A Molecular Approach strives to make those connections consistently and effectively. Unlike other books, which often teach chemistry as something that happens only in the laboratory or in industry, this book teaches chemistry in the context of relevance. It shows students why chemistry is important to them, to their future careers, and to their world.
Second, Chemistry: A Molecular Approach is a pedagogically driven book. In seeking to develop problem-solving skills, a consistent approach is applied Sort, Strategize, Solve, and Check , usually in a two- or three-column format. In the twocolumn format, the left column shows the student how to analyze the problem and devise a solution strategy.
It also lists the steps of the solution and explains the rationale for each one, while the right column shows the implementation of each step. In the three-column format, the left column outlines the general procedure for solving an important category of problems that is then applied to two side-by-side examples. This strategy allows students to see both the general pattern and the slightly different ways in which the procedure may be applied in differing contexts.
The aim is to help students understand both the concept of the problem through the formulation of an explicit conceptual plan for each problem and the solution to the problem. Third, Chemistry: A Molecular Approach is a visual book. In developing chemical principles, multipart images help to show the connection between everyday processes visible to the unaided eye and what atoms and molecules are actually doing.
Many of these images have three parts: This combination helps students to see the relationships between the formulas they write down on paper symbolic , the world they see around them macroscopic , and the atoms and molecules that compose that world molecular. In addition, most figures are designed to teach rather than just to illustrate. They include annotations and labels intended to help the student grasp the most important processes and the principles that underlie them.
The resulting images are rich with information but also uncommonly clear and quickly understood.
Fourth, Chemistry: At the beginning of each chapter, a short paragraph helps students to see the key relationships between the different topics they are learning. A focused and concise narrative helps make the basic ideas of every chapter clear to the student. Interim summaries are provided at selected spots in the narrative, making it easier to grasp and review the main points of important discussions. And to make sure that students never lose sight of the forest for the trees, each chapter includes several Conceptual Connections, which ask them to think about concepts and solve problems without doing any math.
The idea is for students to learn the concepts, not just plug numbers into equations to churn out the right answer. Finally, Chemistry: A Molecular Approach is a book that delivers the depth of coverage faculty want. We do not have to cut corners and water down the material in order to get our students interested. We simply have to meet them where they are, challenge them to the highest level of achievement, and then support them with enough pedagogy to allow them to succeed.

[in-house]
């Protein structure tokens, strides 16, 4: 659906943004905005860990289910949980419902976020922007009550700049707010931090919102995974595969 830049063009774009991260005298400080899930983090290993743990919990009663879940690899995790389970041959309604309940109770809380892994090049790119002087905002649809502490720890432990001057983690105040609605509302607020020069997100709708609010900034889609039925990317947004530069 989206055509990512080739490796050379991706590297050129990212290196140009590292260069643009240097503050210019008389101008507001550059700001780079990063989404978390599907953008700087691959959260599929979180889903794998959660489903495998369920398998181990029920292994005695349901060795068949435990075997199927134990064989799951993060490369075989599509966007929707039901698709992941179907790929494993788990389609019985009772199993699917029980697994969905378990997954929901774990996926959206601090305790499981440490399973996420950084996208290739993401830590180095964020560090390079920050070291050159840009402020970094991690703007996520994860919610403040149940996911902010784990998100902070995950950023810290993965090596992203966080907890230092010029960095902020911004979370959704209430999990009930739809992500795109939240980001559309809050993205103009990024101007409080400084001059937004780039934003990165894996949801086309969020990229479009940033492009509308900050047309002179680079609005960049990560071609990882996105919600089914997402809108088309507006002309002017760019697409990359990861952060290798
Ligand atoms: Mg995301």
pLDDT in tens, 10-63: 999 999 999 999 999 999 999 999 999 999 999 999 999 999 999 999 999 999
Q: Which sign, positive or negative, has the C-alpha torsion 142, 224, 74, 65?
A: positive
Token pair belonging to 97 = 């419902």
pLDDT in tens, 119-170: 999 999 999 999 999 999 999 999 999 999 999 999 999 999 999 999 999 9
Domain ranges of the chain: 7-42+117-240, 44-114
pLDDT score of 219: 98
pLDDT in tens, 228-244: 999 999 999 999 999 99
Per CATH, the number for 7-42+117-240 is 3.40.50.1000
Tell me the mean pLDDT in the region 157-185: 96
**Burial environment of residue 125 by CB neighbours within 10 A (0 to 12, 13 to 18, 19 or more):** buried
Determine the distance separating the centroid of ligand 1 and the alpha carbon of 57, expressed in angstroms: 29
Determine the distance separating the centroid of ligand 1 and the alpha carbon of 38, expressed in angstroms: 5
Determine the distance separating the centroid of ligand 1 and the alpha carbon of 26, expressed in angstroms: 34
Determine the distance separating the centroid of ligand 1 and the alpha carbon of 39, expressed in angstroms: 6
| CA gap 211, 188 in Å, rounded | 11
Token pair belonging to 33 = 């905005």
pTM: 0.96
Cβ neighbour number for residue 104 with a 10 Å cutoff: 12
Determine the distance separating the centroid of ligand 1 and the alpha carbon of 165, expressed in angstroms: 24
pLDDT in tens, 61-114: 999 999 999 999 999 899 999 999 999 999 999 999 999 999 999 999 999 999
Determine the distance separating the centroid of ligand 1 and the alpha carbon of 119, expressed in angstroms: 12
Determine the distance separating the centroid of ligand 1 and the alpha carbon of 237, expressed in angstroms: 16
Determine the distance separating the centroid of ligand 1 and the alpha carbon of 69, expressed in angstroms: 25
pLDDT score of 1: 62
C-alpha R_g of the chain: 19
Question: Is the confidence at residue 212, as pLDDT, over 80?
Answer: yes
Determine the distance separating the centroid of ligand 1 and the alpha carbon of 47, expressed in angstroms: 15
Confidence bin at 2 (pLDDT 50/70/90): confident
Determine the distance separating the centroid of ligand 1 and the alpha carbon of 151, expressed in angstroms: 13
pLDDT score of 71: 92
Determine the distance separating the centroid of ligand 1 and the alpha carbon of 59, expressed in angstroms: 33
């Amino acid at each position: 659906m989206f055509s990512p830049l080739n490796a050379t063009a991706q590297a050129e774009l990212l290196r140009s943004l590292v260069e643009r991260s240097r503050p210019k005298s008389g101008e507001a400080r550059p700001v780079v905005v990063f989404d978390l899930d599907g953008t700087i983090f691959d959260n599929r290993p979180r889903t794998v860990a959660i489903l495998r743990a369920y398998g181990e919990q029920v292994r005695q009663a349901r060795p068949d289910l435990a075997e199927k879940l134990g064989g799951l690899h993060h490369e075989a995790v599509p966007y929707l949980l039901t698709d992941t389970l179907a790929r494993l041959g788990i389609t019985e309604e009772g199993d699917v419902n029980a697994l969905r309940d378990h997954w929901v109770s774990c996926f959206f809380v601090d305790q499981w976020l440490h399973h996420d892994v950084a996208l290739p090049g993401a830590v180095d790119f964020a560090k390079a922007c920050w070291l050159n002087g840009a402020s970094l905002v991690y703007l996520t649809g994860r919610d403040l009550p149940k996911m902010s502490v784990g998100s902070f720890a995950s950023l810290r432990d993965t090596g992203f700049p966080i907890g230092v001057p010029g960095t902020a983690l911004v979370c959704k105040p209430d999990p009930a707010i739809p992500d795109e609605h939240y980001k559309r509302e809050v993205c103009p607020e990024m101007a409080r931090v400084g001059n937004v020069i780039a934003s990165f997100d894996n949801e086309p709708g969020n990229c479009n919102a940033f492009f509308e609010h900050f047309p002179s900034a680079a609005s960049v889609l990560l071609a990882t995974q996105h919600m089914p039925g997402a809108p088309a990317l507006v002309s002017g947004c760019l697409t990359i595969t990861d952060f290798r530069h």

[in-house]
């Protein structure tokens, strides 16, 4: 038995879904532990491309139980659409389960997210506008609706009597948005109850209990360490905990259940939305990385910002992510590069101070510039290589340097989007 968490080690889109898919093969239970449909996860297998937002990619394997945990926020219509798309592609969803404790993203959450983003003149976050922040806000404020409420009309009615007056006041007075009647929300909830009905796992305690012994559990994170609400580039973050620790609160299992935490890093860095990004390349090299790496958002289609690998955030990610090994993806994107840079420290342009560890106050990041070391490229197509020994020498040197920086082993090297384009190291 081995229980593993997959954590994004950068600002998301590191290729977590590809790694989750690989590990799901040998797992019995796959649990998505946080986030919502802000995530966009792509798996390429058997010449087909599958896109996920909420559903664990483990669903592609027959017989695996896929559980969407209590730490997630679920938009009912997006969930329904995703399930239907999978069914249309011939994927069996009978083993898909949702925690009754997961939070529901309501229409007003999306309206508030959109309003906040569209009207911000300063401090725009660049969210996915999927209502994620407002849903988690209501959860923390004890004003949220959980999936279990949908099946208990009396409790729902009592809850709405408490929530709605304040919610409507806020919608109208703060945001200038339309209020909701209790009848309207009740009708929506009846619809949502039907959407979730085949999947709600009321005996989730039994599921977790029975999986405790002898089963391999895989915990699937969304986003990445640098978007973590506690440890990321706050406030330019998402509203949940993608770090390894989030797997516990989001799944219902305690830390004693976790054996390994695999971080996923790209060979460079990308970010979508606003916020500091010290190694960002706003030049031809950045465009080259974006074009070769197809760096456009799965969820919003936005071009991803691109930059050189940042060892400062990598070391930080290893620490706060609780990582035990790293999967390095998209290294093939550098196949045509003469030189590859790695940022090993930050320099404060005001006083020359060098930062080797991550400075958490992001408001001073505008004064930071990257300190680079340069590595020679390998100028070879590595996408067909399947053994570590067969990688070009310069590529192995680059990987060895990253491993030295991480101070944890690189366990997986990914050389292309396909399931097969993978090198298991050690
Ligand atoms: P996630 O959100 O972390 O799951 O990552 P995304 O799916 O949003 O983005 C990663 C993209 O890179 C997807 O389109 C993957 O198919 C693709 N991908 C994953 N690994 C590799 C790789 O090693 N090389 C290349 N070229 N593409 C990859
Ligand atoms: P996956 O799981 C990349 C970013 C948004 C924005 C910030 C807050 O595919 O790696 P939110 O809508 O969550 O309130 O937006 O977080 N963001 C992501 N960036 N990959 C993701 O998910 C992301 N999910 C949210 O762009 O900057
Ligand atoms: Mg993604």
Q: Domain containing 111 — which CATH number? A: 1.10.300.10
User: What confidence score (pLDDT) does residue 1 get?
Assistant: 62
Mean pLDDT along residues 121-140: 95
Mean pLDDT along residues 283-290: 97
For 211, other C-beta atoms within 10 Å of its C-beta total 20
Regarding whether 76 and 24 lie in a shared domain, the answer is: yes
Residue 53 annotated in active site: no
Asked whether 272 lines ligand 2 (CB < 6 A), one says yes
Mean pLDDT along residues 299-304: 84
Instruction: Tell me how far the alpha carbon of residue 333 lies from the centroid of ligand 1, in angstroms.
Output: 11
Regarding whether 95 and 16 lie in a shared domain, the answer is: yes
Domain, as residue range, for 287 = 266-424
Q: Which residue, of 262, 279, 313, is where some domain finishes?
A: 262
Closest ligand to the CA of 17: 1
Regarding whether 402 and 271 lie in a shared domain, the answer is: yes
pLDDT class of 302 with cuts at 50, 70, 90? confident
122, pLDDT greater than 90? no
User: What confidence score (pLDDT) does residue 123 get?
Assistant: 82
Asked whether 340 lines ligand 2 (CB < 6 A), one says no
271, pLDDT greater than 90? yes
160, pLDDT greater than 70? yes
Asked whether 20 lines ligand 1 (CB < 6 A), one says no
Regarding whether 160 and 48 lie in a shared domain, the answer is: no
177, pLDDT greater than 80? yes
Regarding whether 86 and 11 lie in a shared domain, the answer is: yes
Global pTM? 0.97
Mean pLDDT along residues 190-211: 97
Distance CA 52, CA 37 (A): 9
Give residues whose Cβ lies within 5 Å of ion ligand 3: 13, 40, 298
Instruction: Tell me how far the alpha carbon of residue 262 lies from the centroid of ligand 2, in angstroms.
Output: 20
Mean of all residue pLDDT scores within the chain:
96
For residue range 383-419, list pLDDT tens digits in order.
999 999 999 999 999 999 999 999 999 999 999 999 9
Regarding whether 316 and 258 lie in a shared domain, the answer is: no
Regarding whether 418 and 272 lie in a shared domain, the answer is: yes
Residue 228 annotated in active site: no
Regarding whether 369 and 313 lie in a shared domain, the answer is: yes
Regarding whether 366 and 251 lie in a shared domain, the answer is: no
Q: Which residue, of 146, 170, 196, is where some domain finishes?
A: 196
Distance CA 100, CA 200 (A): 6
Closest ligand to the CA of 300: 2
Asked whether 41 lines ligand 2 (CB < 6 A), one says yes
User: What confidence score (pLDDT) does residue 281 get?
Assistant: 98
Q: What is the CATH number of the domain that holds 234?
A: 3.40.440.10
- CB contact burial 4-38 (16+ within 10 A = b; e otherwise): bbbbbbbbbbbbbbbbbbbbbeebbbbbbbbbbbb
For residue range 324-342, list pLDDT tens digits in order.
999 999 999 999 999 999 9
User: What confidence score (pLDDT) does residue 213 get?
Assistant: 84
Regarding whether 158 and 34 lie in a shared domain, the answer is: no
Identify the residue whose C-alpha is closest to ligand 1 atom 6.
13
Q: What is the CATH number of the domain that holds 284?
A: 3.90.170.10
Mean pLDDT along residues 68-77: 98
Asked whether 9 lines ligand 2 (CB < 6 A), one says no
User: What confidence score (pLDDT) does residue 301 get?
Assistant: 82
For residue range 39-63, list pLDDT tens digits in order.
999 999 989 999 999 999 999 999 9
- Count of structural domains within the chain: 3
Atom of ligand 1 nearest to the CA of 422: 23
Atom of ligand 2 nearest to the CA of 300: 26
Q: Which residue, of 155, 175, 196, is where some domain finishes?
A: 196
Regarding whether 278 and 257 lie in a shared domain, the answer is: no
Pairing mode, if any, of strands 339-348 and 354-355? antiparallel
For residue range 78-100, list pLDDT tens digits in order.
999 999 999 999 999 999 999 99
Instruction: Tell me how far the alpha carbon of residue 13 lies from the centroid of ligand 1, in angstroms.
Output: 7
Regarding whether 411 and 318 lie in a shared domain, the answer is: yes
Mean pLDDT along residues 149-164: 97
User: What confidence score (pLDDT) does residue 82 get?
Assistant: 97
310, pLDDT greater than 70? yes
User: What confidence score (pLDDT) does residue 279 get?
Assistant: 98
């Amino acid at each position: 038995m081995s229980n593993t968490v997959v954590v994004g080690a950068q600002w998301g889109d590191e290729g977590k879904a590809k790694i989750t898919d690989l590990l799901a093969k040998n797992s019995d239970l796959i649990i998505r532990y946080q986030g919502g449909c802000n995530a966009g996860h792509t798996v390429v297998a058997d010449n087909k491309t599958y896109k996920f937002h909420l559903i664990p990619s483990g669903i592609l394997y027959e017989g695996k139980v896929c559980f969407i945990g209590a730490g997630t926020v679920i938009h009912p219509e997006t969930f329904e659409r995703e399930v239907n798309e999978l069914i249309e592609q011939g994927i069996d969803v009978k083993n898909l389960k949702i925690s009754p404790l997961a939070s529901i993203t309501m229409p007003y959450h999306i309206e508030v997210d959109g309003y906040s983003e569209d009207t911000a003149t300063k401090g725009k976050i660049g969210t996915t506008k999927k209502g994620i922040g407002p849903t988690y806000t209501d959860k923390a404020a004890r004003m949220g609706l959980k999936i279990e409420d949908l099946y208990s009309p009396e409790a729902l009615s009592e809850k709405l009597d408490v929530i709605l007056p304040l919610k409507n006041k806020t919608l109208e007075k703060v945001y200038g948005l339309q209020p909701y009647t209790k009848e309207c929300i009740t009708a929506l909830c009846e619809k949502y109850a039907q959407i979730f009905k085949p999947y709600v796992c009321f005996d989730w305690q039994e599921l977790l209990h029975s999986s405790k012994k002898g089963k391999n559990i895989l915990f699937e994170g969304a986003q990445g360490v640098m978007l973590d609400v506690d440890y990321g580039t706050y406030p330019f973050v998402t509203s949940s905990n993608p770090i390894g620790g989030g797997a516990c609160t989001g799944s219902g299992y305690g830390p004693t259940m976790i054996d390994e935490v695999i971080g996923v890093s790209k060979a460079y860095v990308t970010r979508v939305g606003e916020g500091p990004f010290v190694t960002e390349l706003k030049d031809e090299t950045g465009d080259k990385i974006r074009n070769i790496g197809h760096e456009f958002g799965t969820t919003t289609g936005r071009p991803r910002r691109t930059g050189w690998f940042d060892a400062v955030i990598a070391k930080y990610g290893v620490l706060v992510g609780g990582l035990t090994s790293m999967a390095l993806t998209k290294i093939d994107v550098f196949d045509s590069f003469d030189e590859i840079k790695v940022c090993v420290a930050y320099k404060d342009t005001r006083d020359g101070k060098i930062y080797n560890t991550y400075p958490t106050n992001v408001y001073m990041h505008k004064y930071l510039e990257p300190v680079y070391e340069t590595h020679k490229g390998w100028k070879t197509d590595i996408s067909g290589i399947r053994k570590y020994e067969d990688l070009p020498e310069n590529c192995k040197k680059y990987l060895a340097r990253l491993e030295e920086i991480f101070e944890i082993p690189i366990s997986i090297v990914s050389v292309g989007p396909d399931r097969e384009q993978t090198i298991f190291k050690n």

The Canadian Edition Chemistry: A Molecular Approach, by Nivaldo J.
Tro, is widely used in general chemistry courses at colleges and universities across North America. The short answer is that general chemistry courses in Canada are different from those in the United States. First-year chemistry curricula in Canada are generally at a higher level than what is seen south of the border. There is a need for a strong chemistry textbook that serves Canadian general chemistry courses.
The Canadian adaptation of Chemistry: A Molecular Approach drew very heavily on feedback from professors and instructors across Canada. In general terms, the adaptation involved making the following changes. IUPAC continually releases recommendations on chemical nomenclature, definitions, symbols, and units. IUPAC recommendations are not static; they may evolve over time as new information comes to light.
A Molecular Approach scrupulously follows IUPAC recommendations for chemical names and symbols, nomenclature, and conventions for symbols and units in measurements.
Imperial units such as the gallon, pound, and the Fahrenheit scale of temperature have not been used in modern science for over a generation. This is the standard that has been adopted by chemists worldwide and is almost exclusive in second-year physical chemistry texts.
Only in first-year textbooks does the atmosphere still linger as standard pressure. Students will see pressure in various units, but we make little use of the atmosphere. When dealing with ideal gases, the most common value of R is 0. In thermodynamics, we have adopted the recommended notation for enthalpy, entropy, and Gibbs energy changes, placing subscripts for changes after the delta sign rather than after H, S, or G.